“Stop fidgeting,” said every parent ever. But should you really?
An exploration of Grace Handcock’s designed objects that promote and enable fidgeting.
How much do you fidget?
How do you fidget?
Why do you fidget?
These are the questions that designer and maker Grace Handcock asked before she created her collection of fidgets. Handcock specialises in creating work centred around objects that help to improve physical and mental well-being. Her work looks at fidgeting not as a distraction or something negative but as a means of therapeutic meditation. Handcock expresses that the effects of stress and anxiety are often manifested in fidgeting, something that is usually discouraged. In her work, however, she promotes fidgeting as a therapeutic activity. Designing works that will allow this. Handcock is very focussed on this concept with most of her work exploring mental health issues that have no simple medical treatment, often with symptoms that can be controlled to some degree, but never completely cured. Her objects were developed as coping mechanisms to the various manifestations of these conditions.
Psychology professors at the University of Hertfordshire state that it is the same area of the brain that controls both movement and speech. With focus on gesturing as a form of fidgeting whilst speaking Professor Karen Pine explains that “We move the hands more when we are trying to find a word during a tip-of-the-tongue moment”. Numerous studies have also been lead in the focus and learning of children in relation to fidgeting. As the BBC News stated in 2005, “Psychologists found that children who could move their hands around freely were better at learning than pupils who were not allowed to move.”
Fidgets features five hand held forms. Each relate to different displacement activities and various forms of fidgeting. This allows a person to use their natural fidgeting to their advantage as a therapeutic outlet, rather than attempting to hide this urge. You can select an object relating to your fidgeting requirements. Each object explores different processes and different materials. Expanding this fidgeting to incorporate various tactile experiences as well.
The first object in this collection of ‘fidgetble forms’ focuses on ‘Press’. It is a handheld light made from cut Perspex, silver and silicone. Pressing the button illuminates the entire form. It has a tactile surface that shields sections of light, furthering the user interaction.
Rub is made from copper powder and resin, with a black finish that when rubbed reveals the copper underneath. This allows a level of achievement to be explored through the fidgeting.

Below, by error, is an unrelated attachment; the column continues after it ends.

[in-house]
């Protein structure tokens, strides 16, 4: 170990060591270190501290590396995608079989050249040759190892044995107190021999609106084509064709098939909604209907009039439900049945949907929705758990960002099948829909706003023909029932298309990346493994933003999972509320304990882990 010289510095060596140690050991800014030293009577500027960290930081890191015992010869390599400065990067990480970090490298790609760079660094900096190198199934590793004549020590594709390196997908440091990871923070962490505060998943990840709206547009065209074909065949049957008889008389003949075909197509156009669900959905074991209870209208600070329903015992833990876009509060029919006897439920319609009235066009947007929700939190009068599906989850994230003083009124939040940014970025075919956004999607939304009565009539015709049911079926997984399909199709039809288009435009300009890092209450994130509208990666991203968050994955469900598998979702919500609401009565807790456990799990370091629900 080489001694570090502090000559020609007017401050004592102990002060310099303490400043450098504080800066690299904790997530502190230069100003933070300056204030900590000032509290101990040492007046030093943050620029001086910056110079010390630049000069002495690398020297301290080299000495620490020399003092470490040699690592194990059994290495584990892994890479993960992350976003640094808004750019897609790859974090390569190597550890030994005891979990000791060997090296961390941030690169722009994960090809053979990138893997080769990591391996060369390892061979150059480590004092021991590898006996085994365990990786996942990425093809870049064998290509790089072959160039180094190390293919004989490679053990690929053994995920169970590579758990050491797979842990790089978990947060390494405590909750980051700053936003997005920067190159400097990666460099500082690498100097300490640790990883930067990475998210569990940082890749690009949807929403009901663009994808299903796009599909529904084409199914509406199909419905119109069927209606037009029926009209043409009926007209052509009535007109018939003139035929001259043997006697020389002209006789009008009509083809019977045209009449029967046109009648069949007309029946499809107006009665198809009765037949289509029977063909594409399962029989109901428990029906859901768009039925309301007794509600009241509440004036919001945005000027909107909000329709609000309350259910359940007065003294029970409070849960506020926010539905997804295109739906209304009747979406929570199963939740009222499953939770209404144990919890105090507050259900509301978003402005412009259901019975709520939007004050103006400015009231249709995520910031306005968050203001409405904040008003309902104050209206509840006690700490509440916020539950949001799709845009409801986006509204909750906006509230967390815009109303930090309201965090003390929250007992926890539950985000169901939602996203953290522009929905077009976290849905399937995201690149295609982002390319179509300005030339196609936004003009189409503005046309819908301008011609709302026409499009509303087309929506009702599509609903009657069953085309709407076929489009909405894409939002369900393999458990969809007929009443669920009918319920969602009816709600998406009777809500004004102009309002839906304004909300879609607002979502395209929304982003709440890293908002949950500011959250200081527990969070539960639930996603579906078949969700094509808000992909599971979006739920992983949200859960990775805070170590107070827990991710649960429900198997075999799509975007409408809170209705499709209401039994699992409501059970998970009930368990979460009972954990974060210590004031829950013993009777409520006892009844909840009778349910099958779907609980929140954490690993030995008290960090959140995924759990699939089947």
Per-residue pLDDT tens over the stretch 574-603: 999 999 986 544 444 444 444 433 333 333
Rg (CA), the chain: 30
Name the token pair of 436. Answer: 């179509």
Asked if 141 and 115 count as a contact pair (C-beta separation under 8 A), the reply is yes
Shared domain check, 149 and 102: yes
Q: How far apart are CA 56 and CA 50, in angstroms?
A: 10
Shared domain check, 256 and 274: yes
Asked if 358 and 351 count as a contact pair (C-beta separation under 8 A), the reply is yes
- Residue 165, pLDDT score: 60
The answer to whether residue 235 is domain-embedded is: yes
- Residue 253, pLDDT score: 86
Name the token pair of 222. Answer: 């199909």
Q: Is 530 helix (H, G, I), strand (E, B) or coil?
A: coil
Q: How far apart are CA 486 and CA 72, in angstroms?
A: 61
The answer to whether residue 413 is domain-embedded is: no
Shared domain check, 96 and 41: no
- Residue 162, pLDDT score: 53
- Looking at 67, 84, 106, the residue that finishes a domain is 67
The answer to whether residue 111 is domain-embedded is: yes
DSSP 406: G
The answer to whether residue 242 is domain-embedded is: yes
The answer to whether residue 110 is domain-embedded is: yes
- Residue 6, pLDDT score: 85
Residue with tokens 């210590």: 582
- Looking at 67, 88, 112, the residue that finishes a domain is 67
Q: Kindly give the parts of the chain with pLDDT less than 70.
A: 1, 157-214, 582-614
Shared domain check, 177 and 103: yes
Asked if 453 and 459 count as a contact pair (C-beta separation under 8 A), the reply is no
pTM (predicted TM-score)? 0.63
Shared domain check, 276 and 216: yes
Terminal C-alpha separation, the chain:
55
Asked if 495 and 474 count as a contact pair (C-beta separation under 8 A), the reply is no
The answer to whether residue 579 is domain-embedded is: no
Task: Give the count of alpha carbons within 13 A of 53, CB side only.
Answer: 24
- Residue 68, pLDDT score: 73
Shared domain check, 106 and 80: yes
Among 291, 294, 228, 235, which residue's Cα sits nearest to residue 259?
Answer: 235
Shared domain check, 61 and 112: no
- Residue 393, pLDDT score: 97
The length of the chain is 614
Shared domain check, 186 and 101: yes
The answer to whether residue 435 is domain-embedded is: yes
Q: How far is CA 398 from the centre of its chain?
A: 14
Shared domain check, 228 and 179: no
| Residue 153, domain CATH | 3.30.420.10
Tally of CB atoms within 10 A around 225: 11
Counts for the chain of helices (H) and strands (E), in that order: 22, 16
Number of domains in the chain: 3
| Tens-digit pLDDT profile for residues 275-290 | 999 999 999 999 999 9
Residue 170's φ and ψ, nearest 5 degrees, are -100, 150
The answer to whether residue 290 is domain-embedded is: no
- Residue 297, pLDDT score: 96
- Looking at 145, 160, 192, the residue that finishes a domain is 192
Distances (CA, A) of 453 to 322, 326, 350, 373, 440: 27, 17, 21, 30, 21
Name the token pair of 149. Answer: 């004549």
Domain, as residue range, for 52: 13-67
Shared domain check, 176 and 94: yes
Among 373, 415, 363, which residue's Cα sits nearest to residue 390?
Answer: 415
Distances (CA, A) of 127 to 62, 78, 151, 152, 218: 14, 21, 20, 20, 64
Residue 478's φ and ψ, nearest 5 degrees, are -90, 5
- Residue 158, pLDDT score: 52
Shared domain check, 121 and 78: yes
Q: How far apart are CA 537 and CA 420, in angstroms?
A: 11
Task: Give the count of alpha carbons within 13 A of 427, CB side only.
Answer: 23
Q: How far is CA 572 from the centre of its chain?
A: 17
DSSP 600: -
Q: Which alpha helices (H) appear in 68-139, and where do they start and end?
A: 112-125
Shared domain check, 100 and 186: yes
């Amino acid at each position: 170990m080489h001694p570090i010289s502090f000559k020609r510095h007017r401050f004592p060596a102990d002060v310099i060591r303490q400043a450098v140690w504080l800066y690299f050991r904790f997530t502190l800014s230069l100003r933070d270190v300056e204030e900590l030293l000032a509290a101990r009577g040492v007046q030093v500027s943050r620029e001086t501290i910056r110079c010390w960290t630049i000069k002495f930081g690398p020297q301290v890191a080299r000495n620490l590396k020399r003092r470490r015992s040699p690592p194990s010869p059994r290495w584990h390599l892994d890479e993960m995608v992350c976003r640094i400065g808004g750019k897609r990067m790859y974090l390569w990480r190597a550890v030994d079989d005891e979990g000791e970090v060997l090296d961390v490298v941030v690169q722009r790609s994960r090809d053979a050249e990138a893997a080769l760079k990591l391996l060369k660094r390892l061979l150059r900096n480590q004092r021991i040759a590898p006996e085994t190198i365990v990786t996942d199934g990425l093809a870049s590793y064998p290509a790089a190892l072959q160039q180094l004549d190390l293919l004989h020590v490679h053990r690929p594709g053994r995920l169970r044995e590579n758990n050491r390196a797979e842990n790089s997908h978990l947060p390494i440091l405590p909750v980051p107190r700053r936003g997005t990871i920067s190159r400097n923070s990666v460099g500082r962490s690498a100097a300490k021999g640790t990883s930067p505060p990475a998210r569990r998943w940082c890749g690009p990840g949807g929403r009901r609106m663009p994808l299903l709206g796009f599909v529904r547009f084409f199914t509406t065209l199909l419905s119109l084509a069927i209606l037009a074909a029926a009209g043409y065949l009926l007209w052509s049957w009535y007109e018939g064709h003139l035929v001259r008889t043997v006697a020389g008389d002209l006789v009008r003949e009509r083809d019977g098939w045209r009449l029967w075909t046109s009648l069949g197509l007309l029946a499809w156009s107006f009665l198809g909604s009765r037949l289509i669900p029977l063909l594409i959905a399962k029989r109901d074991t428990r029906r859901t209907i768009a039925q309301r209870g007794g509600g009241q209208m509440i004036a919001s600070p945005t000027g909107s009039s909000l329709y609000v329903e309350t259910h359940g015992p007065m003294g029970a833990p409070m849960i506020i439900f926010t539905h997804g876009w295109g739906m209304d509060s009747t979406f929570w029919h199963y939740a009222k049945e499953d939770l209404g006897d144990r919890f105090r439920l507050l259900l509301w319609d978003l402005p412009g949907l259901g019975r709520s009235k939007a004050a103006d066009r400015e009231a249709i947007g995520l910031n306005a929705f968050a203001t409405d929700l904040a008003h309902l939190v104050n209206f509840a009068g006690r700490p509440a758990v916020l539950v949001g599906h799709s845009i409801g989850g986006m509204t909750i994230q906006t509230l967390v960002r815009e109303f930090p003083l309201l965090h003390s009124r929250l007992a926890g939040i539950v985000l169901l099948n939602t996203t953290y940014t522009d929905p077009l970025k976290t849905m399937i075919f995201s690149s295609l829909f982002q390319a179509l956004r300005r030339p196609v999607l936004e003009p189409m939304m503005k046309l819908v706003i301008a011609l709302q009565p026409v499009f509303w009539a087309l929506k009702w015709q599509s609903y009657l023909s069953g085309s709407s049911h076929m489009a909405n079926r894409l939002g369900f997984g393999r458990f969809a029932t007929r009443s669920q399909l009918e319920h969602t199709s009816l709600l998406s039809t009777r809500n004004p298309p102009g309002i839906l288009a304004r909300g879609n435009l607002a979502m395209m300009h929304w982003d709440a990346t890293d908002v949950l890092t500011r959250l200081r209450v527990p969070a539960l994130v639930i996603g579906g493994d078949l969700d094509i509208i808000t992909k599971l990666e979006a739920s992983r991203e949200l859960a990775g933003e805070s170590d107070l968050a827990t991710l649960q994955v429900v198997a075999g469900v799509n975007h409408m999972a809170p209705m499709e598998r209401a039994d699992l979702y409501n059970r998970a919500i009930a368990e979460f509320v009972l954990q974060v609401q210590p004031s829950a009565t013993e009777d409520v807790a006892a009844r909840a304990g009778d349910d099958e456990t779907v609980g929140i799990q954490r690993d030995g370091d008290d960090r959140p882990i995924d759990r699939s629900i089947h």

A silicone form is squeezed to relive stress. A smaller pewter faceted form fits inside and can be removed, enabling two contrasting tactile experiences. One light and soft and the other solid and weighty.
Scratch is covered in latex paint that when scratched reveals layers of cast and sliced resin.
Spin is the simplest of the forms and contains a small pewter form that spins suspended inside a hand held cut piece.
All of the forms that Handcock has developed and created within this collection draw on the destruction and altering aspect of fidgeting. All movements that are encouraged by her forms will change them from their original. Is this the overall intention of your fidgeting? Drawing on a blank page. Bending and snapping a paper clip. These alter the original form that encouraged the fidgeting, giving the person a sense of satisfaction through this fidgeting.
During this exploration of Handcock’s fidgets I found myself reflecting on the way I fidget. It was a difficult thing to deconstruct because once you become aware of your fidgeting, is it still fidgeting? I consider fidgeting a subconscious movement that you begin without any awareness or intent. That’s where I question Handcock’s designs. By giving someone something that is designed to be fidgeted with, does that take away from the entire act of fidgeting itself? I guess Handcock’s designs are rather to promote fidgeting as a means of therapy, encouraging people who suffer from anxiety or stress to use this fidgeting to their advantage and not feel the need to hide it. Handcock herself describes this work as “Instead of attempting a solution, the objects are intended to act as a series of coping mechanisms to the various manifestations of these conditions.”
It is difficult to discern the reasons behind our fidgeting but I’m sure everyone reading this article has at some time in your life been told to “stop fidgeting”. That is why I love Handcock’s fidgeting forms as they invite you to do something that is often discouraged. Discouraged from a very young age.